Paull Holme Strays is the site of the first major coastal realignment scheme on the Humber. It has been created by the Environment Agency as part of a flood risk management scheme and the site provides approximately 200 acres of new intertidal habitat and is supplemented by the wide expanse of the Paull Holme Sands mudflats. The site adjoins the Humber Estuary Special Protection Area (SPA), which is a Ramsar Site, SSSI (Site of Special Scientific Interest) and Special Area of Conservation. These designations form part of the Natura 2000 network of ‘European Sites’ and emphasise the international importance of the estuary for wildlife.
The salt marsh, lagoons and mud flats teem with waders and other water birds and are an important refuge for migratory birds. They also attract a wide variety of mammals, from Roe Deer to Water Voles and just about everything else in between. The specialised vegetation of this type of habitat is rapidly establishing itself since the original river embankment was breached in 2003, and as the salt marsh develops, the variety of wild life - birds, insects, mammals and amphibians - is increasing.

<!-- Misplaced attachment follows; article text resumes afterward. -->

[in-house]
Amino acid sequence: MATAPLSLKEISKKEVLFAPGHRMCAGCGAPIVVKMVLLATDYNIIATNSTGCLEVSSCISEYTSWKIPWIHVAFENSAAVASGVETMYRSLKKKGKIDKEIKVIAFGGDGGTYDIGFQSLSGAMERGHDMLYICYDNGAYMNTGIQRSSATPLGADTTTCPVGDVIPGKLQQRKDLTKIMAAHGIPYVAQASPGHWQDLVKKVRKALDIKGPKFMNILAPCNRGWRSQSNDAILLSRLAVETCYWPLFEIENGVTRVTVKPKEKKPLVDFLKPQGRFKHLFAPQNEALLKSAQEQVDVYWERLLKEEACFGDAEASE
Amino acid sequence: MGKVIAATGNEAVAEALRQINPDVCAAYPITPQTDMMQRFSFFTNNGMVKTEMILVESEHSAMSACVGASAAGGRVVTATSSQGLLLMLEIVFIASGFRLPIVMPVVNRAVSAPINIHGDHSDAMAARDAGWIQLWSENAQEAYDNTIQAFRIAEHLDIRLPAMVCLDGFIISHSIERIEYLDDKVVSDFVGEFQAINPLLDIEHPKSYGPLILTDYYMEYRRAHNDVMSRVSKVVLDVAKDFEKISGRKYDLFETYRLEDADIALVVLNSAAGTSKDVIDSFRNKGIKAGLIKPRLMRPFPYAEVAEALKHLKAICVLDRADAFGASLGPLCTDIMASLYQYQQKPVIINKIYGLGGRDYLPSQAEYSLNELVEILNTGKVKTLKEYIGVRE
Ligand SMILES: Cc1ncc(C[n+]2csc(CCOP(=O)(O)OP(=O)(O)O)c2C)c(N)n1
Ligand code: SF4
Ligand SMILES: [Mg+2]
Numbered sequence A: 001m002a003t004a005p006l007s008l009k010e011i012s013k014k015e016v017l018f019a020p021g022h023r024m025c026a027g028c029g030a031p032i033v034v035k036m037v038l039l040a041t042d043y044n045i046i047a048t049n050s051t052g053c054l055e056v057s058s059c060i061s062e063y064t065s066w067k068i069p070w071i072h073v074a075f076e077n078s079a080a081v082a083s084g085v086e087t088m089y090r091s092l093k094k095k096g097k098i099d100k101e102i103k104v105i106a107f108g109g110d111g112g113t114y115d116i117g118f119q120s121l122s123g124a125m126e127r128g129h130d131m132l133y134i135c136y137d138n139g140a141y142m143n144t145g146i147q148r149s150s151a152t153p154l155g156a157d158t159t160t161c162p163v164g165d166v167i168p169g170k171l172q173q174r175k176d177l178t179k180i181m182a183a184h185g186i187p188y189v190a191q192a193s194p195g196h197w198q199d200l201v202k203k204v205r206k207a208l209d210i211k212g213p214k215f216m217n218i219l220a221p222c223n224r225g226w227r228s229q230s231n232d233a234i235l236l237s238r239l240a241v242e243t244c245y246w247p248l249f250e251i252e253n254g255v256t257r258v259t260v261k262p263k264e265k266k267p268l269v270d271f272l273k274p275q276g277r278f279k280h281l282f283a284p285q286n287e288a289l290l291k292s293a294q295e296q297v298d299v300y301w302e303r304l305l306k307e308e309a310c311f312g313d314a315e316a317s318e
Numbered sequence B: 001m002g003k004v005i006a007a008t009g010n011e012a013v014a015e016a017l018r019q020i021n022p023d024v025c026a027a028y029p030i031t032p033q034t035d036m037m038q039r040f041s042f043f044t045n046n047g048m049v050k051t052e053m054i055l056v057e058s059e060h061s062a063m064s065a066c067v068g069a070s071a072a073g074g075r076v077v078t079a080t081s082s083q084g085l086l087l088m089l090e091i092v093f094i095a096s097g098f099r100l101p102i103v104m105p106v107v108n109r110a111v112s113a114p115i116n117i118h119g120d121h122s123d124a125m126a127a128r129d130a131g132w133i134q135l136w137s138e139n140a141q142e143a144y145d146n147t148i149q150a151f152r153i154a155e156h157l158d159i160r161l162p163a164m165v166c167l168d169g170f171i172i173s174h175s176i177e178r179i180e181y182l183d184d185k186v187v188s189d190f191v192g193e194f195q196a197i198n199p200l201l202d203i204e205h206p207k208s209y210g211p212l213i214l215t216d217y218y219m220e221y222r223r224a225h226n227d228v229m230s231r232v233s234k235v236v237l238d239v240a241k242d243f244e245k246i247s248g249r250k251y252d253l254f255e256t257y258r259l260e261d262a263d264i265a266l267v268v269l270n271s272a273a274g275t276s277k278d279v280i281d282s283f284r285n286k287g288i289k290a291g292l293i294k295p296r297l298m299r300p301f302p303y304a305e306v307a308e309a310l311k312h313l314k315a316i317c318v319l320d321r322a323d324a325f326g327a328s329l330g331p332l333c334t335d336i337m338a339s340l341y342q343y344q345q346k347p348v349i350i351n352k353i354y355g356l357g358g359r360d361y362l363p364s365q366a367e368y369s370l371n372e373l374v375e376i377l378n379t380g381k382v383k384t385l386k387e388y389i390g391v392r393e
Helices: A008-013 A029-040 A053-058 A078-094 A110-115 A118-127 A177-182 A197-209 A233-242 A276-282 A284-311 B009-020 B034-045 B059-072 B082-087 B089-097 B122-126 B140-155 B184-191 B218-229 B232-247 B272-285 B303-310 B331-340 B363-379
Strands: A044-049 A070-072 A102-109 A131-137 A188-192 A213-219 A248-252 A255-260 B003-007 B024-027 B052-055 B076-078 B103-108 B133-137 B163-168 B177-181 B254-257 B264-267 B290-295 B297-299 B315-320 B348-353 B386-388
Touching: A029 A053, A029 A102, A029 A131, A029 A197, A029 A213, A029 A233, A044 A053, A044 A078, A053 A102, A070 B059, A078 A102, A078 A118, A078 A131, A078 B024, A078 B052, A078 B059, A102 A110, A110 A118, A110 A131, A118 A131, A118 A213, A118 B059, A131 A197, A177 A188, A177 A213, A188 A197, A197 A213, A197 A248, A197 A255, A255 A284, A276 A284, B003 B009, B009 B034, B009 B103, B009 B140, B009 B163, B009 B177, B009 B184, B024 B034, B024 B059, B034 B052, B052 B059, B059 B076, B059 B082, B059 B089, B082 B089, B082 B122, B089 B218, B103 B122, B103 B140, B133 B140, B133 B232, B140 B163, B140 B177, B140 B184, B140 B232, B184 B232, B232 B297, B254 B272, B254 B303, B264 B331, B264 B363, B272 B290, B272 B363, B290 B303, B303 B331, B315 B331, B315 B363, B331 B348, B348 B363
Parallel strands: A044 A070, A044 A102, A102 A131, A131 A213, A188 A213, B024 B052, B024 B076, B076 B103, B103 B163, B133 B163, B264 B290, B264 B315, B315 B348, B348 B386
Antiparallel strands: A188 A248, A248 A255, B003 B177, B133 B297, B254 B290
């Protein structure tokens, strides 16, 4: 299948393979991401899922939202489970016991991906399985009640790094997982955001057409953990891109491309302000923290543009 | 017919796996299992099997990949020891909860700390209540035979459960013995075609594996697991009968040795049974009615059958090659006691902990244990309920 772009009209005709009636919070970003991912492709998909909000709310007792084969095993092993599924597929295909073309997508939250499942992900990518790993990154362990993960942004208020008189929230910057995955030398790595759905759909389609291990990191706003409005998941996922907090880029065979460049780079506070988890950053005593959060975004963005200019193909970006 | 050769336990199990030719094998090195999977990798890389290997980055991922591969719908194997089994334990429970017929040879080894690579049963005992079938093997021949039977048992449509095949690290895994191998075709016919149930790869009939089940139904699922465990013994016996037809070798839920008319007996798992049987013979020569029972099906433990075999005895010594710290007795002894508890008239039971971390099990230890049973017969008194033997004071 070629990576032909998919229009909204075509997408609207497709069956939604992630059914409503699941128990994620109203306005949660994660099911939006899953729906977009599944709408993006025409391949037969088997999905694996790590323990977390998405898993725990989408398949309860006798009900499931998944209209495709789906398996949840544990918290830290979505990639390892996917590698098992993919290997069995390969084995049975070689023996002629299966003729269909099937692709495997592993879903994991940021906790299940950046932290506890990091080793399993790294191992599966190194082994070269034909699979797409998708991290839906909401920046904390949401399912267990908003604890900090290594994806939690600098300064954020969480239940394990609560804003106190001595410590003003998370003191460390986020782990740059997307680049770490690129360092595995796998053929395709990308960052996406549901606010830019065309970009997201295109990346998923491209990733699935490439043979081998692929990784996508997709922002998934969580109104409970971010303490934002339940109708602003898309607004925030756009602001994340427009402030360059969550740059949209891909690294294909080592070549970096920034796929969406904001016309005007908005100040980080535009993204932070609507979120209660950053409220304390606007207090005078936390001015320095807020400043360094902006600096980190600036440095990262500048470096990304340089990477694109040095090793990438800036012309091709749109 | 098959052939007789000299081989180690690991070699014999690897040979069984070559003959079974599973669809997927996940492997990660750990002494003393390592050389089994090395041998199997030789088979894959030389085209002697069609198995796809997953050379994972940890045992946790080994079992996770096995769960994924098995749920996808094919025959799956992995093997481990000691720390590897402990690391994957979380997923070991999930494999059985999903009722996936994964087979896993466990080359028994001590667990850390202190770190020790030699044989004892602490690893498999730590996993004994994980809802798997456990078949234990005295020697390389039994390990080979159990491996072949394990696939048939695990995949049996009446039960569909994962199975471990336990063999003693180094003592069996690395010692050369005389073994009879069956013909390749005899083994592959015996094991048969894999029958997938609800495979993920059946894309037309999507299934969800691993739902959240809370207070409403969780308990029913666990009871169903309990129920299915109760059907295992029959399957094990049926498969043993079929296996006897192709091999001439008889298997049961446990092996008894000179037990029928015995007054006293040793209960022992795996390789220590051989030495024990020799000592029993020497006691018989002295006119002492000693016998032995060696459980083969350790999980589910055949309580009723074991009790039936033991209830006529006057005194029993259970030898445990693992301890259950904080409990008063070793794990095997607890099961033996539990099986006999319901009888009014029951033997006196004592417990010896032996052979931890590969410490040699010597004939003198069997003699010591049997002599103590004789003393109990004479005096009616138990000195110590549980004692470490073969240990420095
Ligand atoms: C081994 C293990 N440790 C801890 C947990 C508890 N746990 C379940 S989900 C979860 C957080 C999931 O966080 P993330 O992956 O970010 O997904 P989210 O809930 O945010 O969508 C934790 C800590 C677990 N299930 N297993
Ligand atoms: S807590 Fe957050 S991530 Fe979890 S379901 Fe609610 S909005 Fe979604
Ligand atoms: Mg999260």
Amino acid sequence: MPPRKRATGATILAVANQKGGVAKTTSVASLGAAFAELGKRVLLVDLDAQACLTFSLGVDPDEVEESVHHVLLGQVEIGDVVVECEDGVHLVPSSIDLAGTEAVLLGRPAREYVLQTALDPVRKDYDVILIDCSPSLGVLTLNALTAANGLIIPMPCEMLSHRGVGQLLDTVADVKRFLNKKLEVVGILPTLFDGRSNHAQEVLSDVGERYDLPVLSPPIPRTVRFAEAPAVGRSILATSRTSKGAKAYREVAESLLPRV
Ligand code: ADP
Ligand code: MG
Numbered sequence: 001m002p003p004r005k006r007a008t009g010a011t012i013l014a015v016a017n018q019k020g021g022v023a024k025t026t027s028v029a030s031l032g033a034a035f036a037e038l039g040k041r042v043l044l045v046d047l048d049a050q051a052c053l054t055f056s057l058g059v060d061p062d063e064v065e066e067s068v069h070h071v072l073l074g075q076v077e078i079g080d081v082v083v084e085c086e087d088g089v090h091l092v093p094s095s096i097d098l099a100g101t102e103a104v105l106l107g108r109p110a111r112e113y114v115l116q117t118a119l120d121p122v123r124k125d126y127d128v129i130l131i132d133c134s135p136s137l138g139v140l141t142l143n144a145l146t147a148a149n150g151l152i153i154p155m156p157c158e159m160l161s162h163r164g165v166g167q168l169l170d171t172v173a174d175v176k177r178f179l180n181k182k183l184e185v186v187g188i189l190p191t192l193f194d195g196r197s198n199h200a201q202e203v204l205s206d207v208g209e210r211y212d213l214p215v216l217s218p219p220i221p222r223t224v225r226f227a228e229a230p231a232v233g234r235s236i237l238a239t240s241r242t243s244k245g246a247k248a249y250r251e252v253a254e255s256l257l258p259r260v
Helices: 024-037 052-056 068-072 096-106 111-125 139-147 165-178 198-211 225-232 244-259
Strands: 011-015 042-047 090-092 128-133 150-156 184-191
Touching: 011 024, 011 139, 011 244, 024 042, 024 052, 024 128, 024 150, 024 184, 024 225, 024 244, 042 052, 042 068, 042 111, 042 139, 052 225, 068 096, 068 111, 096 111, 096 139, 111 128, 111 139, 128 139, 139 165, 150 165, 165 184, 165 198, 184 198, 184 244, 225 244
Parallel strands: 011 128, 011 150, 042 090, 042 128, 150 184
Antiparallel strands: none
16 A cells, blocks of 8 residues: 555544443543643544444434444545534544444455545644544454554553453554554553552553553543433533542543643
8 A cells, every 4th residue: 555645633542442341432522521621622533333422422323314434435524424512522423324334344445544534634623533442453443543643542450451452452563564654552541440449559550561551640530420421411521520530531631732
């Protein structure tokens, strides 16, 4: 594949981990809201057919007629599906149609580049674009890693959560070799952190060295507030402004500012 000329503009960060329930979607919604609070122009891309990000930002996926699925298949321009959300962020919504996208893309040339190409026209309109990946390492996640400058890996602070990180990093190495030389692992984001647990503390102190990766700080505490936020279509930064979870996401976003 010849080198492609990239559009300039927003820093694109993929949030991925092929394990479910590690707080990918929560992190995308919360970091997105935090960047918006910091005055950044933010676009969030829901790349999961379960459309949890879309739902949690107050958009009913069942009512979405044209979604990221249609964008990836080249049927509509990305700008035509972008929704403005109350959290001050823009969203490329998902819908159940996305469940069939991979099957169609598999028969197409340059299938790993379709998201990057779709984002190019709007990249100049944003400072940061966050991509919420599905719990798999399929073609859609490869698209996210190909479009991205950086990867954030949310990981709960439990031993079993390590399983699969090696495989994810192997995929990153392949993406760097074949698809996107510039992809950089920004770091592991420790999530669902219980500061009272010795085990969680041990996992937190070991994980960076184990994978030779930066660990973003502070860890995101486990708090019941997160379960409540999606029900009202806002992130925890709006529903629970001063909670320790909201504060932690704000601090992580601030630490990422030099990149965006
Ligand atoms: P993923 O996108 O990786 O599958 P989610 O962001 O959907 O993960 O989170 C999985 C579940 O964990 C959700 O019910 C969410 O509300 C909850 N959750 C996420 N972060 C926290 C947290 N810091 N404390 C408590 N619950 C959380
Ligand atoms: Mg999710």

Holme Strays nature reserve is open to the public and there is a car
park along the Thorngumbald road, well signposted from the main A1033
Hull-Hedon-Withernsea road and through the village, or you can park
at the High Paull car park and enjoy a walk along the river bank to
the Strays. Bird hides enable the birds to be seen without disturbing
them, whilst also providing shelter for the watchers in this exposed
Page reproduced from Paull Parish Council's own website by kind permission.